Map of life expectancy at birth from Global Education Project.

Sunday, May 02, 2021

Sunday Sermonette: My eyes glaze over

Joshua 14 continues with the division of the land among the tribes, with specific bequests to a couple of individual characters. Again, I'm really not sure why the writers in the 7th Century BCE thought it useful to tell this tale. It must have something to do with regional and national politics at the time but I haven't found any efforts to reconstruct it. And I don't really have anything to say about it, except that it is clearly completely irrelevant to any contemporary religious interest, or any interest for at least the past 2,000 years at the very least; and has no historical reality either. Yet here it is, taking up a good chunk of the holy book which is supposed to guide people's lives. Whatev.

14 Now these are the areas the Israelites received as an inheritance in the land of Canaan, which Eleazar the priest, Joshua son of Nun and the heads of the tribal clans of Israel allotted to them. Their inheritances were assigned by lot to the nine and a half tribes, as the Lord had commanded through Moses. Moses had granted the two and a half tribes their inheritance east of the Jordan but had not granted the Levites an inheritance among the rest, for Joseph’s descendants had become two tribes—Manasseh and Ephraim. The Levites received no share of the land but only towns to live in, with pasturelands for their flocks and herds. So the Israelites divided the land, just as the Lord had commanded Moses.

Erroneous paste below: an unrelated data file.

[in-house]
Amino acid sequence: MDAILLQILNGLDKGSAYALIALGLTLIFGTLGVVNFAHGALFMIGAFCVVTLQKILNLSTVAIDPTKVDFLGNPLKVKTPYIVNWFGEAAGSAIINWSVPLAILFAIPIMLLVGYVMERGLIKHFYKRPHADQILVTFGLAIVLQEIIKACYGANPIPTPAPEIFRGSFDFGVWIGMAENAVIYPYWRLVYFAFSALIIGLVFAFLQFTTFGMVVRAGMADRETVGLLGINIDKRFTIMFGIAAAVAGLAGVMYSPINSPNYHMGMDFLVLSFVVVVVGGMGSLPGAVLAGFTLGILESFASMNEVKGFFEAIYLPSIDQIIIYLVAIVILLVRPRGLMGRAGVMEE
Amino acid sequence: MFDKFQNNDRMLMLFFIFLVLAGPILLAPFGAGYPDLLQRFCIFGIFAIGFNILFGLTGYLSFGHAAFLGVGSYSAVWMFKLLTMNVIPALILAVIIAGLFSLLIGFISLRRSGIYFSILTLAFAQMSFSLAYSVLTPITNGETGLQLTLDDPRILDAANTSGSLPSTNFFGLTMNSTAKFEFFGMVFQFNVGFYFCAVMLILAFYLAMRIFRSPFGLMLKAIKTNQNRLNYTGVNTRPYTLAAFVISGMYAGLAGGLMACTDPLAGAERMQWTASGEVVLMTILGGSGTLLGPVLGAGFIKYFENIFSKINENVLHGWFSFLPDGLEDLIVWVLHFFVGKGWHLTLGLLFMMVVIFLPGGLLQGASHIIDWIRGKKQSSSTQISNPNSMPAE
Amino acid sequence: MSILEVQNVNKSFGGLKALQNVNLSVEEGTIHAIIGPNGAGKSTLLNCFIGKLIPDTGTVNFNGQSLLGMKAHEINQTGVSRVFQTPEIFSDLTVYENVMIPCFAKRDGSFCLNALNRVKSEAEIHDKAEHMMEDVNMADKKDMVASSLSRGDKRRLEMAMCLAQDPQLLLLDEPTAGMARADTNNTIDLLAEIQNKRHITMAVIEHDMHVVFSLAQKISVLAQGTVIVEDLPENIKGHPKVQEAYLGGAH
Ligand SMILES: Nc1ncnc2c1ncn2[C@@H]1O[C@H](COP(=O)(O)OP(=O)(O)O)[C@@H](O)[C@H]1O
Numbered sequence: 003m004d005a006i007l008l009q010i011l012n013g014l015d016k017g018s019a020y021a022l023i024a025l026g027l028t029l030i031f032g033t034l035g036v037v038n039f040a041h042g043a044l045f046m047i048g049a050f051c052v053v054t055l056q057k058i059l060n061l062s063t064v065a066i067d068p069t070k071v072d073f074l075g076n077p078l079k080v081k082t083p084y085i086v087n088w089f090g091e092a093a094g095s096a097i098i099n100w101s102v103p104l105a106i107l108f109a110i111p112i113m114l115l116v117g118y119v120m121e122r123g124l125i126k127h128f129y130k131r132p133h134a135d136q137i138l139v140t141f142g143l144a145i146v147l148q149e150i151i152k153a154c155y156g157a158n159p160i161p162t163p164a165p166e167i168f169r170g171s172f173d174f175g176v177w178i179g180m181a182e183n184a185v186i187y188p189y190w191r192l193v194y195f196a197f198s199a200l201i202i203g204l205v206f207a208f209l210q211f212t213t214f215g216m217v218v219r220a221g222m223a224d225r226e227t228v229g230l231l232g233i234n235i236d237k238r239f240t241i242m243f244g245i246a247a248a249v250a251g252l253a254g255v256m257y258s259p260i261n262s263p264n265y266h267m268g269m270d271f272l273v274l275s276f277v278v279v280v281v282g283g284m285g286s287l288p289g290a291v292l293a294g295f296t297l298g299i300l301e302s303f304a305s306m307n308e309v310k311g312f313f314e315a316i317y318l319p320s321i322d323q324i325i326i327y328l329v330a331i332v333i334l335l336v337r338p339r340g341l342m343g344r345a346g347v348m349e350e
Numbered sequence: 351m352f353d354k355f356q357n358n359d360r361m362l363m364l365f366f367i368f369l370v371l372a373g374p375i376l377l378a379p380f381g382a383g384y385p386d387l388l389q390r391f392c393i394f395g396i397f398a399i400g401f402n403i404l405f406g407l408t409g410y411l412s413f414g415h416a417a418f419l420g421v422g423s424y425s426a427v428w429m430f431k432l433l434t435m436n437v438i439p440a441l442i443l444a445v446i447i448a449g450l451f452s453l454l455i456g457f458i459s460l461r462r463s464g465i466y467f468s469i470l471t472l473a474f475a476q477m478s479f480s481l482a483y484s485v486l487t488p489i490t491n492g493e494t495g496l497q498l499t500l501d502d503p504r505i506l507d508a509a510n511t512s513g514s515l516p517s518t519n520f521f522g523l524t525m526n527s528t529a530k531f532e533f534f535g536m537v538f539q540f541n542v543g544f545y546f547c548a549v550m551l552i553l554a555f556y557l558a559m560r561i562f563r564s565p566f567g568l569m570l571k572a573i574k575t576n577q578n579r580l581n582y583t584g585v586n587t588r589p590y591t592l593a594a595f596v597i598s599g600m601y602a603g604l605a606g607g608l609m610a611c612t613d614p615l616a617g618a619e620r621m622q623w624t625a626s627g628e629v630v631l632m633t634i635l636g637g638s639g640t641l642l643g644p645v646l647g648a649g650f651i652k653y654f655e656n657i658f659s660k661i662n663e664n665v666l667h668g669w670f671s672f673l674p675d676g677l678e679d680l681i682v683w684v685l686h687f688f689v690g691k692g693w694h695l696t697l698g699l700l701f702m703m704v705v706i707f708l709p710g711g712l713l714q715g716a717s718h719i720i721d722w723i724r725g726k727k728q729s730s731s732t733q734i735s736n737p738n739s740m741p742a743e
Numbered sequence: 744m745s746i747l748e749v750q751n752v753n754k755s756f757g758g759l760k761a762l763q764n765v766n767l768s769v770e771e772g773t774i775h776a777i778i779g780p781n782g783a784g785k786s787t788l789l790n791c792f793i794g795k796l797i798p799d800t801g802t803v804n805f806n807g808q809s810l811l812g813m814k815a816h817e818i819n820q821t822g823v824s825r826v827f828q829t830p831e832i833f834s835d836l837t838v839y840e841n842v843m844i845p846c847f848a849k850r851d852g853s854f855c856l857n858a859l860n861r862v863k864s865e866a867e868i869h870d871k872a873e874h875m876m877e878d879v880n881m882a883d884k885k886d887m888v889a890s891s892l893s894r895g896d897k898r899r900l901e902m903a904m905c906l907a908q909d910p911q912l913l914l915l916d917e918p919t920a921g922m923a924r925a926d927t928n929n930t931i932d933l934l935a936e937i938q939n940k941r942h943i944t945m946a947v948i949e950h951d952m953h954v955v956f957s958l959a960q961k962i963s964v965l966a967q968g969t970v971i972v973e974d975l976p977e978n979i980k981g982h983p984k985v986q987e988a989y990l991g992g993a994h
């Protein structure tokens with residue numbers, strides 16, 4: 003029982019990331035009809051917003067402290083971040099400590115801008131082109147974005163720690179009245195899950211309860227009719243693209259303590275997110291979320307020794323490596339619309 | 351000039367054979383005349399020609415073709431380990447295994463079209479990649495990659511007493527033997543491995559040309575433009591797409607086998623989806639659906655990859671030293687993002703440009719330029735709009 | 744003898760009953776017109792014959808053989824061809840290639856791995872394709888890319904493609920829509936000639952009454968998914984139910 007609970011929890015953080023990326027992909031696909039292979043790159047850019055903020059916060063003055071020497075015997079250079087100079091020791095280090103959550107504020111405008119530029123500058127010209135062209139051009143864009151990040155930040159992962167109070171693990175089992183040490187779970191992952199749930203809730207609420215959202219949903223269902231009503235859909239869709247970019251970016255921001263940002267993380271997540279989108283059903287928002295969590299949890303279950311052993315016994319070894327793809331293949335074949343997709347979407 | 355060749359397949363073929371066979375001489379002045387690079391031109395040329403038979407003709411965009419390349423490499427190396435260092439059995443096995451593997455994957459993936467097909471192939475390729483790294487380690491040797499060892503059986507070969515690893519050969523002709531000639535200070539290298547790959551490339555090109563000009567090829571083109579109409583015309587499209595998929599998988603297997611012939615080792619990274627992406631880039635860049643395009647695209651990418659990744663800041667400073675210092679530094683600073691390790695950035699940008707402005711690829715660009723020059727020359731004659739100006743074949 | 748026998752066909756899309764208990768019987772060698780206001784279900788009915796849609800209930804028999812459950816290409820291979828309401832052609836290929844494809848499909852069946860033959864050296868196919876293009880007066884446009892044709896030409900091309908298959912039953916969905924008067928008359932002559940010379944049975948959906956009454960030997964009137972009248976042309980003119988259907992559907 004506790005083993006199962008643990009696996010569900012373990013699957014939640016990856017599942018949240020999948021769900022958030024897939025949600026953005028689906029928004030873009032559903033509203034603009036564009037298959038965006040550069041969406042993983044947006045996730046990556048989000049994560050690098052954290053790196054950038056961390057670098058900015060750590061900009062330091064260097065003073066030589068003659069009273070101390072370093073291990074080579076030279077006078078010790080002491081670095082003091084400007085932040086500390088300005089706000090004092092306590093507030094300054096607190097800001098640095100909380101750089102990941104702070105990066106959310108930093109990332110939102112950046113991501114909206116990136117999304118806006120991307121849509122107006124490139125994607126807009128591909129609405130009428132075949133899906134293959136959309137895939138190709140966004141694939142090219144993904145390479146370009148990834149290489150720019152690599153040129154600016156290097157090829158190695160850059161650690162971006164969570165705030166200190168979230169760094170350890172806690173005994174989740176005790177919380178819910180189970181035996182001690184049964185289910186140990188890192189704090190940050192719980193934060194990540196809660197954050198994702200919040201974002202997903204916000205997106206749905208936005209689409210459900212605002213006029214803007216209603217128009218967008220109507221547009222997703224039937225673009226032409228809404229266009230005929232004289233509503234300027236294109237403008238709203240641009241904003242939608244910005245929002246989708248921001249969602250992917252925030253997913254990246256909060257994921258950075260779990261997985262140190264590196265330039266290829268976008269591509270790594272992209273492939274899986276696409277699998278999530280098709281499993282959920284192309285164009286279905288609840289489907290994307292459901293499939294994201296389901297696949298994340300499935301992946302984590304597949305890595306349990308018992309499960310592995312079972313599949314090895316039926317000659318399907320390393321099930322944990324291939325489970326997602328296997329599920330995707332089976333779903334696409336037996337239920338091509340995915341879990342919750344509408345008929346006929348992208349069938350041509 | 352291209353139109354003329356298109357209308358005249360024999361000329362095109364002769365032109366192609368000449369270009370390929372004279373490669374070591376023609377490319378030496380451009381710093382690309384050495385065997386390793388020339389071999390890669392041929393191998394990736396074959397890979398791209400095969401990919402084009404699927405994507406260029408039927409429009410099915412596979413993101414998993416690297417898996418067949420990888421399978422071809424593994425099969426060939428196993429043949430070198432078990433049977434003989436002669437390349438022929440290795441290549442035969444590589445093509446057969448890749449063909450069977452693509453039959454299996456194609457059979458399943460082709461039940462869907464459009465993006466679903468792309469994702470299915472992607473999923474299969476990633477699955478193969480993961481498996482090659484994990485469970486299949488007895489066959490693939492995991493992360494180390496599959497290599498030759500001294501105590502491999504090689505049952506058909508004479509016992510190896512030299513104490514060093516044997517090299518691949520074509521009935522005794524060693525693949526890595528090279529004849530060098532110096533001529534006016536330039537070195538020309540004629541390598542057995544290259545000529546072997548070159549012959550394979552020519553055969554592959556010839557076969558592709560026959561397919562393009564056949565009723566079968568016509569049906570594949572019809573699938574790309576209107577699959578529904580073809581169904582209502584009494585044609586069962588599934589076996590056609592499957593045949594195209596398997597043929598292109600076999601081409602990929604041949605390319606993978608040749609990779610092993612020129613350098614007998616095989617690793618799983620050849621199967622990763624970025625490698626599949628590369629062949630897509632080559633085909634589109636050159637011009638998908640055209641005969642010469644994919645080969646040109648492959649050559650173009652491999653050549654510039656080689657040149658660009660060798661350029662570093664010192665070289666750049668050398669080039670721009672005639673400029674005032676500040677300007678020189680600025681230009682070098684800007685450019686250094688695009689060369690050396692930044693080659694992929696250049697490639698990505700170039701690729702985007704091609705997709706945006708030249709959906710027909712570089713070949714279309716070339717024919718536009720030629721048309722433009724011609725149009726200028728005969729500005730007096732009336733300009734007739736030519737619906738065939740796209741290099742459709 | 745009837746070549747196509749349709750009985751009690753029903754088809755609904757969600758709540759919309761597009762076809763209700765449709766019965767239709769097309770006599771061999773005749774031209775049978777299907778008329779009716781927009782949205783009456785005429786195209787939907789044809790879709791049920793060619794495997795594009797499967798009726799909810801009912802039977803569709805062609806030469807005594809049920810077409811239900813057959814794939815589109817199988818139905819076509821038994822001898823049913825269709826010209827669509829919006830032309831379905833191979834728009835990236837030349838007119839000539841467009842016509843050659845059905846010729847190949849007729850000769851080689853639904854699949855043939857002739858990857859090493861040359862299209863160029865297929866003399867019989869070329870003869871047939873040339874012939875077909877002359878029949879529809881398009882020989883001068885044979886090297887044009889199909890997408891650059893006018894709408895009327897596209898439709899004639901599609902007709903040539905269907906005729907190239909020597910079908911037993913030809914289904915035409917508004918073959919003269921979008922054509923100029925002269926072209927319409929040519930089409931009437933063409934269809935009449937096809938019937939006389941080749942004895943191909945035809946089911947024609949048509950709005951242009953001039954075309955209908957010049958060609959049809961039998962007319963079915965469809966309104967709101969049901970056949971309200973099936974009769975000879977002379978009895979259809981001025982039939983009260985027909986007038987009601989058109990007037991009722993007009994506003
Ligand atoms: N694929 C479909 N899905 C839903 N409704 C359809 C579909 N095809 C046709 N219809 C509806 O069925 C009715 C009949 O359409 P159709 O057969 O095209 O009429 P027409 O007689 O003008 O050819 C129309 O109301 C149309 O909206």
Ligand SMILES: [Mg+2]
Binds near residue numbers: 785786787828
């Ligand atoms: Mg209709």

Allotment for Caleb

Now the people of Judah approached Joshua at Gilgal, and Caleb son of Jephunneh the Kenizzite said to him, “You know what the Lord said to Moses the man of God at Kadesh Barnea about you and me. I was forty years old when Moses the servant of the Lord sent me from Kadesh Barnea to explore the land. And I brought him back a report according to my convictions, but my fellow Israelites who went up with me made the hearts of the people melt in fear. I, however, followed the Lord my God wholeheartedly. So on that day Moses swore to me, ‘The land on which your feet have walked will be your inheritance and that of your children forever, because you have followed the Lord my God wholeheartedly.’[a]

10 “Now then, just as the Lord promised, he has kept me alive for forty-five years since the time he said this to Moses, while Israel moved about in the wilderness. So here I am today, eighty-five years old! 11 I am still as strong today as the day Moses sent me out; I’m just as vigorous to go out to battle now as I was then. 12 Now give me this hill country that the Lord promised me that day. You yourself heard then that the Anakites were there and their cities were large and fortified, but, the Lord helping me, I will drive them out just as he said.”

13 Then Joshua blessed Caleb son of Jephunneh and gave him Hebron as his inheritance. 14 So Hebron has belonged to Caleb son of Jephunneh the Kenizzite ever since, because he followed the Lord, the God of Israel, wholeheartedly. 15 (Hebron used to be called Kiriath Arba after Arba, who was the greatest man among the Anakites.)

Then the land had rest from war.


  1. Joshua 14:9 Deut. 1:36

1 comment:

Don Quixote said...

Perhaps the Torah and the holy Scriptures are, in fact, written accounts of previously orally recited histories? That would explain why so much of the organization of the books seems haphazard, and includes seemingly innocuous information. No doubt, there are many peoples in the world that have orally recited their traditions and histories prior to the advent of writing in their cultures.